The original cell houses and buildings of Probity State Penitentiary were built in the 1890’s. Echo block was added in the 1930’s during the height of the great depression. It was built under the auspices of the W.P.A., one of the many agencies instituted by Roosevelt’s New Deal programs. Having worked in and around Echo block as an officer, a supervisor, and a maintenance person, I can say that during the 30’s the W.P.A. was more interested in putting people to work than in the quality of the workmanship achieved. Echo block was constructed from inferior materials and designed poorly. An important design flaw was building the cell house on top of the dining room and kitchen. Every time a toilet floods or a water pipe leaks it inevitably leaks down until it drips from the kitchen ceiling; unappetizing at best, unsanitary at worst.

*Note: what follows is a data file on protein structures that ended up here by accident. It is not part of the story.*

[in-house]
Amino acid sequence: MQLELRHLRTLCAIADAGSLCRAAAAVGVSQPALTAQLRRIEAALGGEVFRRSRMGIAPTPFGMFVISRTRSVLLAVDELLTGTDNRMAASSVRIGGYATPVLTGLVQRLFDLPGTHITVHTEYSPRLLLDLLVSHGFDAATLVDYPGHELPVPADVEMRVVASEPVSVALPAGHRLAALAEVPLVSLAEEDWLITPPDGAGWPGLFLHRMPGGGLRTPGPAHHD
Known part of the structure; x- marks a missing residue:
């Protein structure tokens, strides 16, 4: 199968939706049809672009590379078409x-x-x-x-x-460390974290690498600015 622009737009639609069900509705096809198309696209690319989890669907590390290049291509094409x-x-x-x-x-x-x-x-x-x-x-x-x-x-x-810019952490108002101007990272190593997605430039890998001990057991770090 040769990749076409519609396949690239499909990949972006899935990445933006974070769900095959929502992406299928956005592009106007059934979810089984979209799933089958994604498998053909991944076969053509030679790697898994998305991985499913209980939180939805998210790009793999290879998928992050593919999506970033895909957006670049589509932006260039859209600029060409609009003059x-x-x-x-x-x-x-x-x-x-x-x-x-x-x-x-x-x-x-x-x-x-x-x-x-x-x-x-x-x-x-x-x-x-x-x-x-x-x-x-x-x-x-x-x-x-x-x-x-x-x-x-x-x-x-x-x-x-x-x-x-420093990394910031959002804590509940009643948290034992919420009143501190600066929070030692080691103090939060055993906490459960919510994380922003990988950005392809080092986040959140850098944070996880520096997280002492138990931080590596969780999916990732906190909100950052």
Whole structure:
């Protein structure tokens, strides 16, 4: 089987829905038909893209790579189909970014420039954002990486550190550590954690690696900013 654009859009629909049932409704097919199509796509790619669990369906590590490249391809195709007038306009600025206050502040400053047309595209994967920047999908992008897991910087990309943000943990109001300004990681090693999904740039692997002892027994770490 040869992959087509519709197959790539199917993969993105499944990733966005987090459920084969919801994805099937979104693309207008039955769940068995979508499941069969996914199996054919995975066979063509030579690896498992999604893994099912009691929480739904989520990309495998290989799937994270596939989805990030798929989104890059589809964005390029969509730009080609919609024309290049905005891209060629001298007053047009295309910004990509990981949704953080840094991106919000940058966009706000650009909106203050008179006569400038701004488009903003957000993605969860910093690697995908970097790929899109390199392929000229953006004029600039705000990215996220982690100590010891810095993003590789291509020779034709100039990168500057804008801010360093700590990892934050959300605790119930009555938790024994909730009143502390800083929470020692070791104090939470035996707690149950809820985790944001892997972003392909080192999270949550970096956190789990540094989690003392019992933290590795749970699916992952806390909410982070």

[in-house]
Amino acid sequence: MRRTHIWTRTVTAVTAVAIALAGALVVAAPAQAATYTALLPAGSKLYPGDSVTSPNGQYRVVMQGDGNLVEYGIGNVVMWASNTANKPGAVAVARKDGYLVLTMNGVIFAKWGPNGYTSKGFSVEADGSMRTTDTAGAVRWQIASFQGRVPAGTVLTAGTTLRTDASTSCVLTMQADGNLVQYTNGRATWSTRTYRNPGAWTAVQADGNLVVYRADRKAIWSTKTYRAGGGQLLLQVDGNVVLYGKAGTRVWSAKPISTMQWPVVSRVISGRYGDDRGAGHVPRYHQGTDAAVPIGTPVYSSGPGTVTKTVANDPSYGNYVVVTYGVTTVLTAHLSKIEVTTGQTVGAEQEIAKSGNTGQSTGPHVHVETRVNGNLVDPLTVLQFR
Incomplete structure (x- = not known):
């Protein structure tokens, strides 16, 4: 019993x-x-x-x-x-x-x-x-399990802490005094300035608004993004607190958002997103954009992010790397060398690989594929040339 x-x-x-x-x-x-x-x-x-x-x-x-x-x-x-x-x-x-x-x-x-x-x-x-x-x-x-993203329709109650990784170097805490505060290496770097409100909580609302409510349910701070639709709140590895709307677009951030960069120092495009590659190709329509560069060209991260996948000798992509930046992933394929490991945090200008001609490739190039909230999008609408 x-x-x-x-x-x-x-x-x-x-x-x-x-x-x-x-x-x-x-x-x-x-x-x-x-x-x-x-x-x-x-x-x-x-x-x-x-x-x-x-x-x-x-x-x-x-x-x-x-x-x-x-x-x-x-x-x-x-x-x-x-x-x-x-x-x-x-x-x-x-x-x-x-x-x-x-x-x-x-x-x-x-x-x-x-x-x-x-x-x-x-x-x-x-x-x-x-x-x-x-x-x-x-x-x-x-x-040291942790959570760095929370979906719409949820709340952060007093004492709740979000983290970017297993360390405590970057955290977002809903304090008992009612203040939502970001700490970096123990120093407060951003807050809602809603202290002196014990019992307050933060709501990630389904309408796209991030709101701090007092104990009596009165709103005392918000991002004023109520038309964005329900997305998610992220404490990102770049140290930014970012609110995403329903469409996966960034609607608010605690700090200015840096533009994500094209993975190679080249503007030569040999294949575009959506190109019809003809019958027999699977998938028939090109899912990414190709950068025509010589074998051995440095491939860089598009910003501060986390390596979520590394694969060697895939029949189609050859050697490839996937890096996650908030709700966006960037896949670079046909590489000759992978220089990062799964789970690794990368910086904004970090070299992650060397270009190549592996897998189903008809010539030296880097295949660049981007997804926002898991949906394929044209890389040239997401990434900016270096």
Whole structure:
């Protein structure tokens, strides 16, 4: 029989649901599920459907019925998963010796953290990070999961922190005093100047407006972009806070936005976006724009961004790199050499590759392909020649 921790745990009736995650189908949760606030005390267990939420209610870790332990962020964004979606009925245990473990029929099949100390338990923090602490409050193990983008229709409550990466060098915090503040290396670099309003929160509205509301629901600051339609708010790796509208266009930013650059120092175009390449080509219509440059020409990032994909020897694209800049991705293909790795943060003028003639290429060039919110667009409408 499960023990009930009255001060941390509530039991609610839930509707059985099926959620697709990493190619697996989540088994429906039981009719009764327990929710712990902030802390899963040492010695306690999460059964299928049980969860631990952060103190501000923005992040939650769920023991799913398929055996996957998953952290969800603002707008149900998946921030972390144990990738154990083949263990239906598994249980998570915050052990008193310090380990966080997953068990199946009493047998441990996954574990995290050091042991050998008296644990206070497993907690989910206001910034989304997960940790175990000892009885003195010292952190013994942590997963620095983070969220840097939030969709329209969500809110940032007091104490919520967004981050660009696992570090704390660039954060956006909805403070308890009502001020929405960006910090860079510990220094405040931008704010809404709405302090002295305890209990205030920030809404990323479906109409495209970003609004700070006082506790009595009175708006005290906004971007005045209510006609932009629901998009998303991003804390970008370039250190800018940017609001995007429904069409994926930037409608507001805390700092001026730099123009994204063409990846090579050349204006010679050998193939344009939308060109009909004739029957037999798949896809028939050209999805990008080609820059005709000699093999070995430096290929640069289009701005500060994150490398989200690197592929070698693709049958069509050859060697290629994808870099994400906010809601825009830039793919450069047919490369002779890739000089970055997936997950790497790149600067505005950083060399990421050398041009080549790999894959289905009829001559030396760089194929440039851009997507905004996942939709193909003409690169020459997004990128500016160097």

Echo block consists of four floors of 91 cells. Each floor is shaped like an "E." The main hallway has a gate that leads to the exit stairs and also contains the walk officer’s office. Coming off of the main hallway are the three arms of the "E" where the inmates’ cells are located. Two of these "arms" are double walks; a hallway in the middle with cells on either side. Officers dislike this arrangement because the hallway is not wide enough for a patrolling officer to be out of reach of both walks at the same time. Inmates hate these double walks because there is even less privacy than in other cell houses, with another inmate living directly across the hall.